Deep in the innermost reaches of Panama, on the border with Colombia, lies the Darien Gap—the largest and wildest remaining stretch of rain forest north of the Amazon. Indigenous peoples have lived traditionally in the area for millennia, and the largest population of Harpy Eagles in Central America nests in the forest’s towering native trees.
Though roughly the size of Connecticut, the Darien region is home to more than 500 bird species—54 of them raptors. With a fifth of its plants found nowhere else and the potential for many more species to be discovered, Darien is one of the most biologically rich places on earth—a biodiversity “hotspot.”
Threats to the Darien Region
We have studied the threatened Harpy Eagle in Darien since 2000, when we also established Panama’s first non-governmental organization for raptor conservation. For many years, we also raised and released Harpy Eagles and conducted public education and outreach in Panama, and our studies on wild populations are ongoing. Our friends throughout the country provide us an intimate understanding of the complex pressures on the Darien and its inhabitants. Now, we are prepared—together—to meet an accelerating threat: land development.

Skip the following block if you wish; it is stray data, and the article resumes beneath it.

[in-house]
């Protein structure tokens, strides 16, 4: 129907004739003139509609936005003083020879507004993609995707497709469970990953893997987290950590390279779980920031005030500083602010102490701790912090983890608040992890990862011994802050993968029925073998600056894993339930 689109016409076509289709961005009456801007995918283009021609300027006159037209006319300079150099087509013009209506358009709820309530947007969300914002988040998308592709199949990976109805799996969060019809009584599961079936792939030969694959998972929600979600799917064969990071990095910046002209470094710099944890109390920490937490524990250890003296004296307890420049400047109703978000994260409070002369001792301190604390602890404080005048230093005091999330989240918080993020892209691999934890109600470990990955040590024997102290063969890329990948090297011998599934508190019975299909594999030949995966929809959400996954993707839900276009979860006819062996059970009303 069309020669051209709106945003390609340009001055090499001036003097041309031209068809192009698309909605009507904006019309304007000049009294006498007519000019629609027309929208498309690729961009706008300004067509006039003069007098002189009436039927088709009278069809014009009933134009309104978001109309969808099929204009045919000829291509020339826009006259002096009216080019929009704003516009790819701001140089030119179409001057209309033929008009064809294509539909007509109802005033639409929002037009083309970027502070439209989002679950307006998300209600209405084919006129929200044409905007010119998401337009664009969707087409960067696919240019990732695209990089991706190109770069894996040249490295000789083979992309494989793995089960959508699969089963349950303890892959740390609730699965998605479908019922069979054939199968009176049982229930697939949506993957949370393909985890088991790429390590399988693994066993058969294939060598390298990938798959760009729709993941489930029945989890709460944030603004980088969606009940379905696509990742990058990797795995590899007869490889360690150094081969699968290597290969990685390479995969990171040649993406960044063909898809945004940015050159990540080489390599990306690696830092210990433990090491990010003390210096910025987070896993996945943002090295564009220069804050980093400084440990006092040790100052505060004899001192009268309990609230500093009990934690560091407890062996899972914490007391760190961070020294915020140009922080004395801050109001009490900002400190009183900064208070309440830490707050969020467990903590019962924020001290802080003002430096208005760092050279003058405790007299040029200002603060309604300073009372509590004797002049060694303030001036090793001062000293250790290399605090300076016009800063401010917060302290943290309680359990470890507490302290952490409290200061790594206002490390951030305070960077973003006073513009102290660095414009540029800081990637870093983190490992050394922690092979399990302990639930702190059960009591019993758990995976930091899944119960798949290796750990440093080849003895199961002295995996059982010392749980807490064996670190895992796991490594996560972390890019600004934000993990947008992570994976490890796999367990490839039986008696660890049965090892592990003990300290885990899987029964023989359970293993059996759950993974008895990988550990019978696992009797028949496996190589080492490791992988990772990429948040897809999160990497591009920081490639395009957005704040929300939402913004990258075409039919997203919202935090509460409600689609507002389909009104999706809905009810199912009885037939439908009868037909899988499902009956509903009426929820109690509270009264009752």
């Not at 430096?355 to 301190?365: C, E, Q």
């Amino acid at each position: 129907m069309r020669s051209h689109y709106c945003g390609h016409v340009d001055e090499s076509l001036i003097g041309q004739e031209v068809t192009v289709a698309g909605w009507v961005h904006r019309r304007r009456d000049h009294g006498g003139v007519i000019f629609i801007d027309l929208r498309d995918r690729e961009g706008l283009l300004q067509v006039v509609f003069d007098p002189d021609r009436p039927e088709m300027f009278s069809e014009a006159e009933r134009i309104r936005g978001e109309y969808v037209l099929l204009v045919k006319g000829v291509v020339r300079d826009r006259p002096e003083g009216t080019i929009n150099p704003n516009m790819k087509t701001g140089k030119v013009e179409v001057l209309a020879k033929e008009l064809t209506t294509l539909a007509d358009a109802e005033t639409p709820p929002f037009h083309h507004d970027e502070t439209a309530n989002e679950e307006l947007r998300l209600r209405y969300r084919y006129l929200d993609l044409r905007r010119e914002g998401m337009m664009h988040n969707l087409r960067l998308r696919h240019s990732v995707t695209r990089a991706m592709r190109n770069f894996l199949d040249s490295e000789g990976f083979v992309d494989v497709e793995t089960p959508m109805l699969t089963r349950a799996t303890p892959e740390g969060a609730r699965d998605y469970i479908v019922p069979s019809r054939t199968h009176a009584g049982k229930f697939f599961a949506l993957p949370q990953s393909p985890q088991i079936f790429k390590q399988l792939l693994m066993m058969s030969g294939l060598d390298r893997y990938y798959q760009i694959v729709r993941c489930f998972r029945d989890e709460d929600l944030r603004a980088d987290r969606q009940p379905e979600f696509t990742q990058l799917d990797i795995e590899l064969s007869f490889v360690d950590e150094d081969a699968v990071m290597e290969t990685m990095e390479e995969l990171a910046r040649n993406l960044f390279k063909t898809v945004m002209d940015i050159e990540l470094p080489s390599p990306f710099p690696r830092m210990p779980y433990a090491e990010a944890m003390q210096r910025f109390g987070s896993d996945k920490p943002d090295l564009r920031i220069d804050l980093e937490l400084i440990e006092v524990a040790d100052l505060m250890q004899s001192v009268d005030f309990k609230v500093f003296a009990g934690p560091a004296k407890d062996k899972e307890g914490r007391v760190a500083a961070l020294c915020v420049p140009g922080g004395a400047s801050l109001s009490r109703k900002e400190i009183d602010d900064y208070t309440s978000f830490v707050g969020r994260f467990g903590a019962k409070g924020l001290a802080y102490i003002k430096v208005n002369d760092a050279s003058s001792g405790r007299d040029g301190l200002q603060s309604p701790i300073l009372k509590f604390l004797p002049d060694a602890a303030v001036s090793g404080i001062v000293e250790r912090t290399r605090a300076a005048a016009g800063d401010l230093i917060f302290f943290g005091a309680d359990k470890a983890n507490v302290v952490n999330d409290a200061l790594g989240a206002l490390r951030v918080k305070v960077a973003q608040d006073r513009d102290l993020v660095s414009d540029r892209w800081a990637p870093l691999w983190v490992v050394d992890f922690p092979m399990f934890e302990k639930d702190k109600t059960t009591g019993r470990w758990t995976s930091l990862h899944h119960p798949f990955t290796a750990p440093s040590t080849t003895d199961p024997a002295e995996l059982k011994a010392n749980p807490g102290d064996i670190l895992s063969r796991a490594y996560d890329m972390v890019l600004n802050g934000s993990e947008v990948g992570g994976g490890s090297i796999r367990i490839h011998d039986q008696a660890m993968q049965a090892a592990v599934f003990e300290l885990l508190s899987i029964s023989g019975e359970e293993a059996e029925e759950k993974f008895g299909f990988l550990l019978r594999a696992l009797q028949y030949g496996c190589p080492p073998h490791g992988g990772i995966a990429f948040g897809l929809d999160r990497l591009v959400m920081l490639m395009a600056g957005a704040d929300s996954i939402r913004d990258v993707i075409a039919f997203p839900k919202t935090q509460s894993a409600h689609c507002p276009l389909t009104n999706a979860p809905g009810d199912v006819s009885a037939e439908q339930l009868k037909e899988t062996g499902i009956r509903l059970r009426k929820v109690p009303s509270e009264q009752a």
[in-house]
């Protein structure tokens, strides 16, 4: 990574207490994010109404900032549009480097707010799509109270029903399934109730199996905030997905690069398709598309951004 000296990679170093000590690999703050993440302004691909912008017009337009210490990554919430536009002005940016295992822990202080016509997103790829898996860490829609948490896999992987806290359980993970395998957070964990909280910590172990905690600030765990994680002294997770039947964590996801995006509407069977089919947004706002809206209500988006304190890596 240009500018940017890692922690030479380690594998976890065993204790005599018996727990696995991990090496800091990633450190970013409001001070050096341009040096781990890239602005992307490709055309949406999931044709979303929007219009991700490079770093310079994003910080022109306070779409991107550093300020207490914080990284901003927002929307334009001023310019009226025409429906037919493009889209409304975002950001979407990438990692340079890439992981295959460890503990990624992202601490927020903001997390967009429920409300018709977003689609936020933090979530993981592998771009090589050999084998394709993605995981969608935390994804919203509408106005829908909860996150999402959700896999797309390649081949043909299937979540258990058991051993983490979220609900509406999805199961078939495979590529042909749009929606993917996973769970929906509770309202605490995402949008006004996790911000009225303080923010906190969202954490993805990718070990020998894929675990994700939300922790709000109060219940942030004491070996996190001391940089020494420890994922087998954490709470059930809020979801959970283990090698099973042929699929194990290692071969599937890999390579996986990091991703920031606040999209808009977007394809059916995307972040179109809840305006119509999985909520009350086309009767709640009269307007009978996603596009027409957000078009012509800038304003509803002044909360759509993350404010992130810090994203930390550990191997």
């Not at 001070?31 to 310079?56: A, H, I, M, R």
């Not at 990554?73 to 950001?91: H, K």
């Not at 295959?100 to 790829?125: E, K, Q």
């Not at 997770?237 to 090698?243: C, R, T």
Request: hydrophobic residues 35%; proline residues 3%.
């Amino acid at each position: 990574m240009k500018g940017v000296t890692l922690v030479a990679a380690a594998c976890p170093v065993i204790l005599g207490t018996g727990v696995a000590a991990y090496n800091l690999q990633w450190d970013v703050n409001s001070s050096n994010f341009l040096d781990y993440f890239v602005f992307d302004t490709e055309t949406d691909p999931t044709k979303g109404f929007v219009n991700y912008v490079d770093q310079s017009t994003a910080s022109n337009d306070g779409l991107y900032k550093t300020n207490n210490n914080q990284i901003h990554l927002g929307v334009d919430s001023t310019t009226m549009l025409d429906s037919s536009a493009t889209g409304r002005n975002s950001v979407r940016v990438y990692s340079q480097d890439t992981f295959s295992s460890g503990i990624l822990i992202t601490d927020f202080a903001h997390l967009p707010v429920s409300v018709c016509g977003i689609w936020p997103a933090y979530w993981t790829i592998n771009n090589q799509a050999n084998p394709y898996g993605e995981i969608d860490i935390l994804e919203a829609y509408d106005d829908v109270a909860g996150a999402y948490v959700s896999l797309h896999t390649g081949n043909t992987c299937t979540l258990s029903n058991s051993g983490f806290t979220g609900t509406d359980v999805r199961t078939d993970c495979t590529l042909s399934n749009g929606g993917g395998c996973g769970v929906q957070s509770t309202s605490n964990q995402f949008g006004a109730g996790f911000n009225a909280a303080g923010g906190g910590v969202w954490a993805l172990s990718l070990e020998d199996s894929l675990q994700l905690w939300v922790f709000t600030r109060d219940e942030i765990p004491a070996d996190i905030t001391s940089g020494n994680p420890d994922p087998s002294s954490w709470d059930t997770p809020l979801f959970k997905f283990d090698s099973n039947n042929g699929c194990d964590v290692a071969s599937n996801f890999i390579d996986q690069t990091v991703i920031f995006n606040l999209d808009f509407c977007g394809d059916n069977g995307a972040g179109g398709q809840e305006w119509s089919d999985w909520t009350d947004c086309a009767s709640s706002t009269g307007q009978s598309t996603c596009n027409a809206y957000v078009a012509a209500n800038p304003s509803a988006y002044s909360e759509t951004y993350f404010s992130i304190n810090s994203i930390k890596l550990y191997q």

As decades-long conflict in neighboring Colombia comes to a peaceful end, forces are organizing to develop Darien. Colono-campesino land invasions, slash-and-burn agriculture, and uncontrolled cattle ranching are cutting into the forest. At the same time, indigenous Emberá and Wounaan communities are entering the 21st century cash economy, abandoning traditions that have allowed their coexistence in native ecosystems, and adopting unsustainable farming practices.
To meet these challenges, we are creating economic incentives that encourage forest preservation and improve access to education. These initiatives meet human needs and protect the rich biodiversity of Darien. For example, soon we will expand and improve shade-grown coffee plantations to support jobs that don’t harm the rain forest. We already assist with chicken coops and plant nurseries to provide food and discourage the hunting of bush meat.
…we are creating economic incentives that encourage forest preservation and improve access to education.
We pioneered community-based conservation nearly thirty years ago in Madagascar, also a biodiversity hotspot. So far, we have helped 11 communities there organize to manage local resources, expanded the country’s national protected areas by more than a million acres, and supported the education of hundreds of people as conservation leaders. Our experience of “saving raptors, enriching lives” at various scales around the world gives us high expectations for Darien.